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It's also extremely rare to hit a multibagger in biotech since breakthroughs come so infrequently (compared to say, tech/Salas like Zoom, mongo, mercado libre, etc), especially from smaller companies- and they often get bought out before being able to reach 10x bagger status.

Fuma102, I have avoided the biotech space for years, having bought some like 15 years ago. I started buying into them again, and your comment reminded me of one of the reasons I stopped buying them last time.

It seems we as individual investors buying biotech often take all the risk and little of the upside. I can't recall how many times I saw a company finally hit it, and start showing numbers, only to be bought out. Meanwhile if a drug is a failure the company is left for dead and individual investors are left holding the bag. It does not seem like a favorable risk/reward industry for that reason alone, not to mention most drugs simply fail to get approved, then those that do, there also seems only a small portion actually take off. So thanks for that reminder.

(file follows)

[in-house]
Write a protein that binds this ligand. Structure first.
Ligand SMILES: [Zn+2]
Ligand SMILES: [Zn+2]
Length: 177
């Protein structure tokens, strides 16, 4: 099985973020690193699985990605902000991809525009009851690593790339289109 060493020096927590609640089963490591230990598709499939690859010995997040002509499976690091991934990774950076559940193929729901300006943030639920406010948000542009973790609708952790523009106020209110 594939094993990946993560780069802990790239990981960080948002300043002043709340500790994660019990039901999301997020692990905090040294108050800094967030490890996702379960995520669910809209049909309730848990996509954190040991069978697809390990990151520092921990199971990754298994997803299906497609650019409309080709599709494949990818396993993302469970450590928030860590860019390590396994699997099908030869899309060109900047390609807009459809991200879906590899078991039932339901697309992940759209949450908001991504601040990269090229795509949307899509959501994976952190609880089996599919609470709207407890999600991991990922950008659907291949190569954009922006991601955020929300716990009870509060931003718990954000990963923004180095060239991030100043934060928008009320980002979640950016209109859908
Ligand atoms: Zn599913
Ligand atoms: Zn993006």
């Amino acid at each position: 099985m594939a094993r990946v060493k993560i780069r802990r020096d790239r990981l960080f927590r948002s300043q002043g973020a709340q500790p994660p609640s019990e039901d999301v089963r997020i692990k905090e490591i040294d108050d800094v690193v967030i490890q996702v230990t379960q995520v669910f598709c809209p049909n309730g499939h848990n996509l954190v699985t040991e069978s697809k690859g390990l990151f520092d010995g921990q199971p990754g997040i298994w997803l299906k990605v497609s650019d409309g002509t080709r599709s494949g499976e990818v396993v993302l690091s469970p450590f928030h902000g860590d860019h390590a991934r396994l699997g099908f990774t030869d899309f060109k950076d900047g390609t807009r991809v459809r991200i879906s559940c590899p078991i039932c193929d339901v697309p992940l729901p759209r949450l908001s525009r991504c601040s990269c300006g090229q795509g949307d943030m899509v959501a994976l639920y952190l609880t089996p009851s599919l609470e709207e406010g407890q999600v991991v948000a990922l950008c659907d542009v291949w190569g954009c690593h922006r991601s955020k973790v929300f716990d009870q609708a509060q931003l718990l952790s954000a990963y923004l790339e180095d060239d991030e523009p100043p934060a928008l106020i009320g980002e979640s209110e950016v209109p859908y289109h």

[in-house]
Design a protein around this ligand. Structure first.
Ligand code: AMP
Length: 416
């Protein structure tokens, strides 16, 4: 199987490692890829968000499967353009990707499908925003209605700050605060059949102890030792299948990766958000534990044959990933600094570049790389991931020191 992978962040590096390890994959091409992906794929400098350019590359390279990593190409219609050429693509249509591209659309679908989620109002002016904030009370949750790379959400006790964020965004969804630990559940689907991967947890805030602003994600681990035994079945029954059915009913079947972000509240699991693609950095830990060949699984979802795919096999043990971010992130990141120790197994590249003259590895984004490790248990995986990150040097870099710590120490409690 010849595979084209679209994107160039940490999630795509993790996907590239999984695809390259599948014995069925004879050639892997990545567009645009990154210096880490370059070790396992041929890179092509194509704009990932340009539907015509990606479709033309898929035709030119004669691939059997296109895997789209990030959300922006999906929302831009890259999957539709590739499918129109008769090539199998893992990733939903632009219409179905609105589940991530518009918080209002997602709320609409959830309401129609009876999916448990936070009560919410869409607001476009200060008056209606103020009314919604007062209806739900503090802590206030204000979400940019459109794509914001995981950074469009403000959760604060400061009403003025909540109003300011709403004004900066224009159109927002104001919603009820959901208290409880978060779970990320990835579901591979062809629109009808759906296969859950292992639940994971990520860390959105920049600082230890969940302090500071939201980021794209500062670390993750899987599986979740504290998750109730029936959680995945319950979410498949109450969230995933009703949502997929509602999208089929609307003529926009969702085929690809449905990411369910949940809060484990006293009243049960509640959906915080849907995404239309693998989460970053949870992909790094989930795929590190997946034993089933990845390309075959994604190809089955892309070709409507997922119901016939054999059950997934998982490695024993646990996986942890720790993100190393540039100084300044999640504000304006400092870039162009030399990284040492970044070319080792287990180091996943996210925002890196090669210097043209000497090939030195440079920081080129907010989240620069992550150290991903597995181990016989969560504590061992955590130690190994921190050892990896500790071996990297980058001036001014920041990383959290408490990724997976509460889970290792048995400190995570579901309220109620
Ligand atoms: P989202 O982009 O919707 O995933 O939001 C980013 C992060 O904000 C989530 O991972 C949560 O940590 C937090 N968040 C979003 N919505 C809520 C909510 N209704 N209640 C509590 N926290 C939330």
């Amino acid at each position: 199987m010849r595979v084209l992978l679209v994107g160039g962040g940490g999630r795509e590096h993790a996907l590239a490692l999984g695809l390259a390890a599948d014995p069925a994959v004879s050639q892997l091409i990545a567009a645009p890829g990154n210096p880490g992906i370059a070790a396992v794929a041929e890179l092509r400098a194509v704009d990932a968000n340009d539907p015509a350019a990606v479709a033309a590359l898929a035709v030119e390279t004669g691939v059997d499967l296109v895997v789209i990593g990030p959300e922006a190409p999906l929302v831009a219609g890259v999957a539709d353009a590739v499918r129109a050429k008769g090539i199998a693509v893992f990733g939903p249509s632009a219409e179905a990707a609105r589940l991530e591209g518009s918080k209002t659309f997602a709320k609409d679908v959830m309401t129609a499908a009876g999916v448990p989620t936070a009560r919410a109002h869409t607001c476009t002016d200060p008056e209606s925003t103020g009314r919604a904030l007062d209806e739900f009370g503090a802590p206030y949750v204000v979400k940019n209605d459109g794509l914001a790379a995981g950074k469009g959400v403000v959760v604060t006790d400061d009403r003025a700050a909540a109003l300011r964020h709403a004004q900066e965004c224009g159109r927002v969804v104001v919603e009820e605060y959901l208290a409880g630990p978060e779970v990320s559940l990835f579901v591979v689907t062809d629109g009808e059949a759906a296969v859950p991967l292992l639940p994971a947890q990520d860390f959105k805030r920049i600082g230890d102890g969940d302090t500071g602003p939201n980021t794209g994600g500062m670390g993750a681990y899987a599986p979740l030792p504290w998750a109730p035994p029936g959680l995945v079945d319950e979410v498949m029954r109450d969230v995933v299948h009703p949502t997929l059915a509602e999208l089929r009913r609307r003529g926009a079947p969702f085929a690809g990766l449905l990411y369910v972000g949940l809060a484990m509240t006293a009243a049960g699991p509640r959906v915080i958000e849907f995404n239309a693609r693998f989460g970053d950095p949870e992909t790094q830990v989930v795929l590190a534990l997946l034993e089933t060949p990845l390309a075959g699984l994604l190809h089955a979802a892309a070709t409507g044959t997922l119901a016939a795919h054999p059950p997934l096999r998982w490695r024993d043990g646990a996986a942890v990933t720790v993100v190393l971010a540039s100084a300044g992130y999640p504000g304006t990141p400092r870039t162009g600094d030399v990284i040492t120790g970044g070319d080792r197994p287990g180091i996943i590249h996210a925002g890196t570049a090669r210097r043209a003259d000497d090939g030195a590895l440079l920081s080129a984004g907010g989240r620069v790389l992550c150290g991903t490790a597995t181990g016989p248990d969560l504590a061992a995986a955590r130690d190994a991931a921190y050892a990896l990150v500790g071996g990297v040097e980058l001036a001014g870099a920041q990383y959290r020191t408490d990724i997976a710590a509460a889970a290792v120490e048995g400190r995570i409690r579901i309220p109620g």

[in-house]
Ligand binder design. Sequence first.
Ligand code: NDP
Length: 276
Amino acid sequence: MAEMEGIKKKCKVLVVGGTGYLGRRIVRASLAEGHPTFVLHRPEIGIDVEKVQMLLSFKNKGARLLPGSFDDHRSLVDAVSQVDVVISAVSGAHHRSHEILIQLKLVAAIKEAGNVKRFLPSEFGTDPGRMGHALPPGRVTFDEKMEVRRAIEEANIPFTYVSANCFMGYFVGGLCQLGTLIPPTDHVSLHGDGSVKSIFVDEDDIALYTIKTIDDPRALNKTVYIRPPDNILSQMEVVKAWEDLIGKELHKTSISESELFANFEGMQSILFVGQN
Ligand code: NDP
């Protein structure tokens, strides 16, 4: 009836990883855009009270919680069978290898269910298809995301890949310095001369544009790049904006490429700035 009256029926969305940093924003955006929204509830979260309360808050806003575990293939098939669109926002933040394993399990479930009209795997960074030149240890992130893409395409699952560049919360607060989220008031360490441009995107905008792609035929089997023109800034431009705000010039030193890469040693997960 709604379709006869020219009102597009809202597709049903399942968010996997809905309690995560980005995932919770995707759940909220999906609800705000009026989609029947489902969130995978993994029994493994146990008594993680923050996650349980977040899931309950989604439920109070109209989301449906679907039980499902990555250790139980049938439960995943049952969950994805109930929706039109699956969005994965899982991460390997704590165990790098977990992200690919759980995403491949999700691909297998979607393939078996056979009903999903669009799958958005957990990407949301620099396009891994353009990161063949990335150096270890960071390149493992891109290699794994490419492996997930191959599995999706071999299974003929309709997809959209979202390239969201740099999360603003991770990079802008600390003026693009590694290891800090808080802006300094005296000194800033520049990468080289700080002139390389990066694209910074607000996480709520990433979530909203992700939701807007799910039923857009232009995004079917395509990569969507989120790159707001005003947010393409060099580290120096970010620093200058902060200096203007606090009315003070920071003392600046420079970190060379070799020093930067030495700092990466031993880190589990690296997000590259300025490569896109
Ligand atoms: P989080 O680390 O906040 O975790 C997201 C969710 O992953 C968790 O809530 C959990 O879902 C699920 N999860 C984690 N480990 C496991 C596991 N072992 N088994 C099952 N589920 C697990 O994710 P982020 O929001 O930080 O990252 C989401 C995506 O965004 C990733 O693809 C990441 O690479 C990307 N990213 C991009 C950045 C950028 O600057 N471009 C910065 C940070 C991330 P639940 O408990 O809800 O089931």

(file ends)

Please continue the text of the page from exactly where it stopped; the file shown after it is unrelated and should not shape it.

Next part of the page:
Right now my biotech stocks (not medical, strictly biotech) are: IOVA, ITCI, the 3 Gene Editing stocks plus BEAM, and TCDA. I did buy a little TCDA after all this bad news on the basis it could actually bring a product to market in the next few years. If they don't go into a financing death spiral, I take this as still a viable company trying to get a drug to market.

I am considering selling the gene editing stocks because they have gone up so much and are now 6% of my portfolio. I don't mind owning them as long as they are a small portion to the point I don't care if they go down again, since this is a multi-year-decade investment. So what they do between now and then is largely irrelevant. But they have gone up significantly that it sort of doesn't make sense when you compare them to other biotech companies a lot closer to the goal line. And 6% of your portfolio in one experiment a long way off starts to sound like a significant number.
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